The effects of Eucalyptus pollen on longevity and fecundity of Eucalyptus longhorned borers (Coleoptera: Cerambycidae).
ABSTRACT The longevity and fecundity of adult Phoracantha recurva and Phoracantha semipunctata were strongly affected by diet. Female P. recurva fed a diet of Eucalyptus pollen and sucrose solution lived 34-56% longer than females fed diets containing other types of pollen, ground dog chow, or sucrose solution alone. Diet had no significant effect on longevity of P. recurva males. Similarly, longevities of P. semipunctata females were increased 48-71% on the Eucalyptus pollen diet compared with the other diets. Male P. semipunctata also lived longer on the Eucalyptus pollen diet than most of the other diets. Fecundity was dramatically affected by diet, with P. recurva females fed the Eucalyptus pollen diet laying approximately 4-8 times more eggs than females on the other diets. Eucalyptus pollen also increased the fecundity of P. semipunctata females approximately 3-5-fold. Diet resulted in only minor effects on egg size and percent egg hatch for both beetle species.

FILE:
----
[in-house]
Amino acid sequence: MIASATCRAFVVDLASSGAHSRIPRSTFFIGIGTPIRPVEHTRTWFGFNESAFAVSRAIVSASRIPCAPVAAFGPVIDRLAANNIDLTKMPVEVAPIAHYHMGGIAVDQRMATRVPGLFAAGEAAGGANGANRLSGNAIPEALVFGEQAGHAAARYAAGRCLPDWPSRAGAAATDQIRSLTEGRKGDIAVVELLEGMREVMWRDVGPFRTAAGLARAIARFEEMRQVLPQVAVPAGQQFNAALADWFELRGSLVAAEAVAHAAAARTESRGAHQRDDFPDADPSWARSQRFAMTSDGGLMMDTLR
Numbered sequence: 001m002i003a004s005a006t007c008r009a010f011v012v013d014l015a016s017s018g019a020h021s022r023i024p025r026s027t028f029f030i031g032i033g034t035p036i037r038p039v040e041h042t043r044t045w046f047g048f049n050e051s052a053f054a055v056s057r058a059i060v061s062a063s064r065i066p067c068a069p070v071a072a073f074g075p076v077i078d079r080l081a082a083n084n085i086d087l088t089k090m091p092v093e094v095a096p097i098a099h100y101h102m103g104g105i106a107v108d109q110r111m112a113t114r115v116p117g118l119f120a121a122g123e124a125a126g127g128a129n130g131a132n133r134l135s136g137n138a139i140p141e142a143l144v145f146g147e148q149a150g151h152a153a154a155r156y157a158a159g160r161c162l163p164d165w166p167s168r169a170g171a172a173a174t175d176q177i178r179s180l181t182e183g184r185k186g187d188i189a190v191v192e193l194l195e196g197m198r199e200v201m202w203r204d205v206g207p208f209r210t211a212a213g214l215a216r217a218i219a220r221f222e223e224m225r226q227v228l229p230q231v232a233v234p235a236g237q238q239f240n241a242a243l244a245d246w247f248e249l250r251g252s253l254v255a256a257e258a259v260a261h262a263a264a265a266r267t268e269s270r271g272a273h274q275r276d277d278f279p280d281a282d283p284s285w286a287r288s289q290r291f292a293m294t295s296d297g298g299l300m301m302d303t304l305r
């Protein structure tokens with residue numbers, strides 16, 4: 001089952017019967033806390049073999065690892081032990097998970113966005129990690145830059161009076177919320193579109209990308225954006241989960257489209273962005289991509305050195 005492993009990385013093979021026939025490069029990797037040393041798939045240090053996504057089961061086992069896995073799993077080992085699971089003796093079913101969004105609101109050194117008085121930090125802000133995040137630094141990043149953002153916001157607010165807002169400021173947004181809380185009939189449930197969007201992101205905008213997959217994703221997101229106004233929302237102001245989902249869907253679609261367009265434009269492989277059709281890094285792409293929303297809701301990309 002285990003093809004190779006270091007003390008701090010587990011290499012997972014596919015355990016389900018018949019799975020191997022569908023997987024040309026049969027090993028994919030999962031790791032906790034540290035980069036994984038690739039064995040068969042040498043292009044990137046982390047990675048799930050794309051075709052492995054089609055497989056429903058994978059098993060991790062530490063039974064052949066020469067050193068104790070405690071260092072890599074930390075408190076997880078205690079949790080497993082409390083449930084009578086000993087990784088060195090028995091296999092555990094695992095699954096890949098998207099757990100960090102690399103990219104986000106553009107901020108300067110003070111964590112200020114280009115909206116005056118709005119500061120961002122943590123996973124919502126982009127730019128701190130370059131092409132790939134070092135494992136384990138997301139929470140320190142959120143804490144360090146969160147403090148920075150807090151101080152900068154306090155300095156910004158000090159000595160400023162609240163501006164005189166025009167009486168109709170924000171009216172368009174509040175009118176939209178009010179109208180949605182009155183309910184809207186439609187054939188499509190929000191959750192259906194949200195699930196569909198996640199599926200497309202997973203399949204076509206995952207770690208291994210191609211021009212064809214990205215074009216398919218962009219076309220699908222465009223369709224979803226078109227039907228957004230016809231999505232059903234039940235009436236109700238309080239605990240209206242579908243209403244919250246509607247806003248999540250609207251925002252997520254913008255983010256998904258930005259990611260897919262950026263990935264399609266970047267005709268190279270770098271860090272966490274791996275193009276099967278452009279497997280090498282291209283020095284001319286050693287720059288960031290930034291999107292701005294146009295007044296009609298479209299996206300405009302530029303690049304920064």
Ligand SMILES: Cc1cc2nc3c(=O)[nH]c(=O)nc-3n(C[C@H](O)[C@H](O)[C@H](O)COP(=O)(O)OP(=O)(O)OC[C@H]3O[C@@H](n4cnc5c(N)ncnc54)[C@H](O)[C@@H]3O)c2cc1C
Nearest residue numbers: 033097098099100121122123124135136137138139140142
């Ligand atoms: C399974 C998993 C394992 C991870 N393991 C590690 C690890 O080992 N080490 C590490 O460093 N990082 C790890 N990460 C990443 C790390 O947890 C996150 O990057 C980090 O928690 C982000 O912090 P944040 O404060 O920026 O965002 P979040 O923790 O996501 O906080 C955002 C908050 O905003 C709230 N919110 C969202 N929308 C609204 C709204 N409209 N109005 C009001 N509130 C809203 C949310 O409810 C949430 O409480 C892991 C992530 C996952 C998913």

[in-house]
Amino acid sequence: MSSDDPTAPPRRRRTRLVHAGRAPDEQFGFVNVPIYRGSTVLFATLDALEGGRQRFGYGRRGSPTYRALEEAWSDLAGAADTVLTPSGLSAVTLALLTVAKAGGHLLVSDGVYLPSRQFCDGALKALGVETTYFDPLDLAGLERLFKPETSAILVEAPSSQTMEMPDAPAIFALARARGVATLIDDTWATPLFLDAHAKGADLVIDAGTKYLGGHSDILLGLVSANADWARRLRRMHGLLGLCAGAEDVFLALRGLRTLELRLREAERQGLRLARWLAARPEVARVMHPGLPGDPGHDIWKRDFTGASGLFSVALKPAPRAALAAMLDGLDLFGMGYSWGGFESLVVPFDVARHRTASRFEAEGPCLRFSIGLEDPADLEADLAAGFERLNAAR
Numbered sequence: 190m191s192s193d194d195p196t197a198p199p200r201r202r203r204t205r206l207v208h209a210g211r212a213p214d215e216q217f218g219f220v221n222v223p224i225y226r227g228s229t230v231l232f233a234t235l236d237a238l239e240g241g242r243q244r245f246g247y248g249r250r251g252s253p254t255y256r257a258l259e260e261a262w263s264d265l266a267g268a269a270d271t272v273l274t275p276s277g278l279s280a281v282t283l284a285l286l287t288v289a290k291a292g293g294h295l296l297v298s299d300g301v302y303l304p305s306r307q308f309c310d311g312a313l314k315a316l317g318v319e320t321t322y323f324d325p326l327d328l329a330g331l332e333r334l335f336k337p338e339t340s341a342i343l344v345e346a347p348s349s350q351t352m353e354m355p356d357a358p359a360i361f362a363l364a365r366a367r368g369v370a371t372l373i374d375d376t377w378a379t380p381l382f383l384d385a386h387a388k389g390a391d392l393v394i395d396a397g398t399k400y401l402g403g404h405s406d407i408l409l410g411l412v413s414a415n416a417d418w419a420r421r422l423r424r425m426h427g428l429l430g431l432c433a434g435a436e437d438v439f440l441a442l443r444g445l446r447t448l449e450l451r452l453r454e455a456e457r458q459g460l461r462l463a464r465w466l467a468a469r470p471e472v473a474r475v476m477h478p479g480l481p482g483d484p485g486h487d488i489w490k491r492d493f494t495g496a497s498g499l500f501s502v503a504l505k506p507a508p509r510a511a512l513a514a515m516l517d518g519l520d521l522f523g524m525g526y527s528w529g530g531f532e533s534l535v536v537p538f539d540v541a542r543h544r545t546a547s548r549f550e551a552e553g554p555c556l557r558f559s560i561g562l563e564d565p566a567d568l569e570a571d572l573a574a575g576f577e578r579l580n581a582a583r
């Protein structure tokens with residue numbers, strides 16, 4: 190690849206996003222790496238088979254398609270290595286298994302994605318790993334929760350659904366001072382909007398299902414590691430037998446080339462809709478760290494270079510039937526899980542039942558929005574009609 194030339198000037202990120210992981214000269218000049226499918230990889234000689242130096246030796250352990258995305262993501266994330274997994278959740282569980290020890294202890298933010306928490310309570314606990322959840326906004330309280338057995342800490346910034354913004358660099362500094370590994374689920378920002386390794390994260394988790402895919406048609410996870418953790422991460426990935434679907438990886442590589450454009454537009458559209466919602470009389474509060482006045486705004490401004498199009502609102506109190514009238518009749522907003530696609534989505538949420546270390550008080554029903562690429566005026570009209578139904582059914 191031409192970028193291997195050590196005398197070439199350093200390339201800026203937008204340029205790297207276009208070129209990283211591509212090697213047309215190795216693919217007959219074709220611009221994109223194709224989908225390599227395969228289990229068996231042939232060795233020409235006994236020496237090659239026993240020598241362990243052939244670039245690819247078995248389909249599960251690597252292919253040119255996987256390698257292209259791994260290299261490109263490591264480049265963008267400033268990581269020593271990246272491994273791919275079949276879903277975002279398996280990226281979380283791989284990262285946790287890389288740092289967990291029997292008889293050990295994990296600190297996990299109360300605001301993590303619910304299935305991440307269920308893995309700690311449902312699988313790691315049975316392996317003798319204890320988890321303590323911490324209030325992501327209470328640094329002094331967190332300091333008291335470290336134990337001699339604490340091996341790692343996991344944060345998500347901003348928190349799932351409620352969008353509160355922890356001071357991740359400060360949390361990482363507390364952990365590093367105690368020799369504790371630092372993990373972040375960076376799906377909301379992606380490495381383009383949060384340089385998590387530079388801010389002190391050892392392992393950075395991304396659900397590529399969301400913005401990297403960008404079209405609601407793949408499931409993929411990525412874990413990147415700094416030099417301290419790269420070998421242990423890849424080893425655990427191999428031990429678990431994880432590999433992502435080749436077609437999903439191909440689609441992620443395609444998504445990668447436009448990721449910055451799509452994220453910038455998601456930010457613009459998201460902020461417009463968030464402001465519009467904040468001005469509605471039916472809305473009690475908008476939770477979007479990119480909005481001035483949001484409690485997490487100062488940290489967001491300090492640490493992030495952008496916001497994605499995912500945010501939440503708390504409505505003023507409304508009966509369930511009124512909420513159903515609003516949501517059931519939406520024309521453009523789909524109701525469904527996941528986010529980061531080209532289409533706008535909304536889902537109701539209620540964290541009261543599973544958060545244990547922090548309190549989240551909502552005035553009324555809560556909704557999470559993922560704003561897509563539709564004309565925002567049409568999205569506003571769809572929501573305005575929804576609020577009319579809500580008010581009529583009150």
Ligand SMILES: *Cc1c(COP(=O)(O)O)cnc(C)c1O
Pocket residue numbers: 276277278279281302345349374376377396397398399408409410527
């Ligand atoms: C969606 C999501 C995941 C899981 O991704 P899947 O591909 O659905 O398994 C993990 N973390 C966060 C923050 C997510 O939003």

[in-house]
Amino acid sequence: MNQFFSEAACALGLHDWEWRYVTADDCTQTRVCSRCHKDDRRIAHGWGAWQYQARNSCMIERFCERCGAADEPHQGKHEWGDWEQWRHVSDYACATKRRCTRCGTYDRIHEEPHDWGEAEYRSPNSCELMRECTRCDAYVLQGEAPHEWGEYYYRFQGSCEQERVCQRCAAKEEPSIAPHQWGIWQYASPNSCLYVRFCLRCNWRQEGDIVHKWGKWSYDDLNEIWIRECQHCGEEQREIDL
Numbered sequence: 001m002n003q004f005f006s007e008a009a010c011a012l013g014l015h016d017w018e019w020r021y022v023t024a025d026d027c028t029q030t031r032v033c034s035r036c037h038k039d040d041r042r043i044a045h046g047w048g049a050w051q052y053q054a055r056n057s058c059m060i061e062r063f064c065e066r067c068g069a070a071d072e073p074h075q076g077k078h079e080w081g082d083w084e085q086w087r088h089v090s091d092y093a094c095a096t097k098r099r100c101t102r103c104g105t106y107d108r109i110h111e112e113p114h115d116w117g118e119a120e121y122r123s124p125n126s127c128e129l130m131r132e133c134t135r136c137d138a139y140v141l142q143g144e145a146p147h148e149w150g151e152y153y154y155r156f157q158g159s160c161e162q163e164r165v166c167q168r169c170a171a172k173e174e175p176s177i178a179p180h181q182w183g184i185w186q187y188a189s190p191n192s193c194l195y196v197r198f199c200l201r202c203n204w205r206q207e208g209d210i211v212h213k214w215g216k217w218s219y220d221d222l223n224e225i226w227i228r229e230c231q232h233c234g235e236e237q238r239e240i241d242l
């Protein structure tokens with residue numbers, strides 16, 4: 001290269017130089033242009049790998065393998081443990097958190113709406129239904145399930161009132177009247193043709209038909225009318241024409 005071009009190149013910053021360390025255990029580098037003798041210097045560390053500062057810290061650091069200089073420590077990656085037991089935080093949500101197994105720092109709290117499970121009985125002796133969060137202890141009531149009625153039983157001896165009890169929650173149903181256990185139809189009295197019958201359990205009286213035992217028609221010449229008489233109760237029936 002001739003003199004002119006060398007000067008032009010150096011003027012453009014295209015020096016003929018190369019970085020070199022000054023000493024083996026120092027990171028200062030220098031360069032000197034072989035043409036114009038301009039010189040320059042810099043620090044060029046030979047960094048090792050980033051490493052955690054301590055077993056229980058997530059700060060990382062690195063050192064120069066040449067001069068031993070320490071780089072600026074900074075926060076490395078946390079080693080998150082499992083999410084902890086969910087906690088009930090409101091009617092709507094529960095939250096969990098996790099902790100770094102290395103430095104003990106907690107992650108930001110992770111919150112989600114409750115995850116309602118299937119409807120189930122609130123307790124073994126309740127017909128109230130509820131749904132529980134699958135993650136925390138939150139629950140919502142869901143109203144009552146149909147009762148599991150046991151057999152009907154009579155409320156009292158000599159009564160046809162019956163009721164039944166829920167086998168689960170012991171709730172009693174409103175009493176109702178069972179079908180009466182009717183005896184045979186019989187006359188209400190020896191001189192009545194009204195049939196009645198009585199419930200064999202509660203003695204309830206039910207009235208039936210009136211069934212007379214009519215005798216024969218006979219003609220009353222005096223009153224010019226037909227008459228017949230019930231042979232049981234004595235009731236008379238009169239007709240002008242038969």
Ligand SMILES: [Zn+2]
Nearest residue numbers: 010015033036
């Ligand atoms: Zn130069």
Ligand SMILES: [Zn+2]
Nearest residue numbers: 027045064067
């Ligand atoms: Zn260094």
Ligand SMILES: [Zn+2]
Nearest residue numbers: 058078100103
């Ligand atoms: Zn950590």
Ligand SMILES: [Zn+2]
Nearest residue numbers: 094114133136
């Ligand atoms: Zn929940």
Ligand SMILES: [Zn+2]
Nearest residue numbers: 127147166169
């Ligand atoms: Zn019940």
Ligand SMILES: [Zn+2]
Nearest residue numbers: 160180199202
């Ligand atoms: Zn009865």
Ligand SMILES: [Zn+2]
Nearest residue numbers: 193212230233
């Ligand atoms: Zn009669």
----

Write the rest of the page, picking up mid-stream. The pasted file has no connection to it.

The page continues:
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ABSTRACT: Development of Dinoderus minutus was studied under laboratory conditions at five constant temperatures (15, 18, 25, 28, and 30°C) to estimate developmental thresholds and thermal requirements of the egg, larva, pupa, and egg-to-adult stages. Adults began to burrow along the grain into bamboo pieces within 24 h after cutting and continued across the grain. Female beetle oviposited an average of 9.1 eggs in the ensuing 24 h, all in the metaxylem. The average period for development of eggs, larva, and pupa were 5.4, 43.8, and 4.6 d at 30°C, respectively. The development rate data were regressed through the x-axis to derive the thermal constants of 4.3, 6.8, and 4.5°C and thermal requirements of 113.6, 909.1, and 96.2 DD to predict D. minutus egg oviposition to hatch, larva-to-pupa development, and adult emergence from pupa, respectively. The thermal threshold for egg-to-adult development was 6.4°C, with total thermal requirements of 1,111.1 DD. Oviposition, emergence, and thermal requirements for development of the various stages of D. minutus may be used for postharvest pest management of bamboo.Environmental Entomology 03/2009; · 1.56 Impact Factor